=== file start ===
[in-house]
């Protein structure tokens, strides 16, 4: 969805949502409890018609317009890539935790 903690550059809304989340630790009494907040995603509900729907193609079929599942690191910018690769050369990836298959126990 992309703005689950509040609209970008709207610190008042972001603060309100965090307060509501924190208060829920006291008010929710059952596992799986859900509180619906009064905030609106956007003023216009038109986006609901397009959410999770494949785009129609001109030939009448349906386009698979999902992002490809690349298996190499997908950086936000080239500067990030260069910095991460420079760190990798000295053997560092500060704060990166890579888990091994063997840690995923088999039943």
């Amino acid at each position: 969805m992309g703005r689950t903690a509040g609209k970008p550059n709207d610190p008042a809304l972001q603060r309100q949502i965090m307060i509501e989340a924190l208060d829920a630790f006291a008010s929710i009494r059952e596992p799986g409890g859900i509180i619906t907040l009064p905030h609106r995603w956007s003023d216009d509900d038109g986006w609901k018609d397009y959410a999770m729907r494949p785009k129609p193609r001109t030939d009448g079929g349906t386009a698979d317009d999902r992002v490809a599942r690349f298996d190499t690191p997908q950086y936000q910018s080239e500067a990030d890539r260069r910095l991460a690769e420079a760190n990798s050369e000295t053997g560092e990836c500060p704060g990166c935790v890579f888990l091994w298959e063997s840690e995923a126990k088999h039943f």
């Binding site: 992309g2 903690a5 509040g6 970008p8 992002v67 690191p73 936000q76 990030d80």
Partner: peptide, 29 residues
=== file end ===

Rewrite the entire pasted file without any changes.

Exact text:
[in-house]
């Protein structure tokens, strides 16, 4: 969805949502409890018609317009890539935790 903690550059809304989340630790009494907040995603509900729907193609079929599942690191910018690769050369990836298959126990 992309703005689950509040609209970008709207610190008042972001603060309100965090307060509501924190208060829920006291008010929710059952596992799986859900509180619906009064905030609106956007003023216009038109986006609901397009959410999770494949785009129609001109030939009448349906386009698979999902992002490809690349298996190499997908950086936000080239500067990030260069910095991460420079760190990798000295053997560092500060704060990166890579888990091994063997840690995923088999039943």
């Amino acid at each position: 969805m992309g703005r689950t903690a509040g609209k970008p550059n709207d610190p008042a809304l972001q603060r309100q949502i965090m307060i509501e989340a924190l208060d829920a630790f006291a008010s929710i009494r059952e596992p799986g409890g859900i509180i619906t907040l009064p905030h609106r995603w956007s003023d216009d509900d038109g986006w609901k018609d397009y959410a999770m729907r494949p785009k129609p193609r001109t030939d009448g079929g349906t386009a698979d317009d999902r992002v490809a599942r690349f298996d190499t690191p997908q950086y936000q910018s080239e500067a990030d890539r260069r910095l991460a690769e420079a760190n990798s050369e000295t053997g560092e990836c500060p704060g990166c935790v890579f888990l091994w298959e063997s840690e995923a126990k088999h039943f």
């Binding site: 992309g2 903690a5 509040g6 970008p8 992002v67 690191p73 936000q76 990030d80």
Partner: peptide, 29 residues